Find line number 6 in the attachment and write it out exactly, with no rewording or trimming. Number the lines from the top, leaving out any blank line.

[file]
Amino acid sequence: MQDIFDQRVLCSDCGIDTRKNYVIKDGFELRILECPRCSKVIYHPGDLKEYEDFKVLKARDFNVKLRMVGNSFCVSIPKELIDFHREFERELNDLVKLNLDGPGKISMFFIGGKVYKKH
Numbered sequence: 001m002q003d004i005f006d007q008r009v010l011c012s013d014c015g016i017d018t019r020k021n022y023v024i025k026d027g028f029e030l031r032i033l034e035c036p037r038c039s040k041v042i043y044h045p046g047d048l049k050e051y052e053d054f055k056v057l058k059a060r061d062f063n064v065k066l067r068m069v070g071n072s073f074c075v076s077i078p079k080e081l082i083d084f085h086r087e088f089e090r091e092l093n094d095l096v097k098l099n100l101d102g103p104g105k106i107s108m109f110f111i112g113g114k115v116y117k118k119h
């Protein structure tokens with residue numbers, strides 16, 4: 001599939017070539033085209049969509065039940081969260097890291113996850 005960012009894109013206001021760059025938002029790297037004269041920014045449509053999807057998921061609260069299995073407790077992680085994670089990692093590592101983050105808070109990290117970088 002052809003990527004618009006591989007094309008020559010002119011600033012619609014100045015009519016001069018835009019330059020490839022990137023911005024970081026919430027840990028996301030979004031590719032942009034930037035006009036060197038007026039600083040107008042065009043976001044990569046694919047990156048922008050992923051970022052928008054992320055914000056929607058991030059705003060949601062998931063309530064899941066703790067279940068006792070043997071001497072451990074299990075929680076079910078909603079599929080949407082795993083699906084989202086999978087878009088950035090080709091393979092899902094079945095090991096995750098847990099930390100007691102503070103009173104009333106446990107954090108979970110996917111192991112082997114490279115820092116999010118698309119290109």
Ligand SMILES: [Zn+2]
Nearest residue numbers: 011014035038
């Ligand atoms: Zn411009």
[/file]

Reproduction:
């Ligand atoms: Zn411009």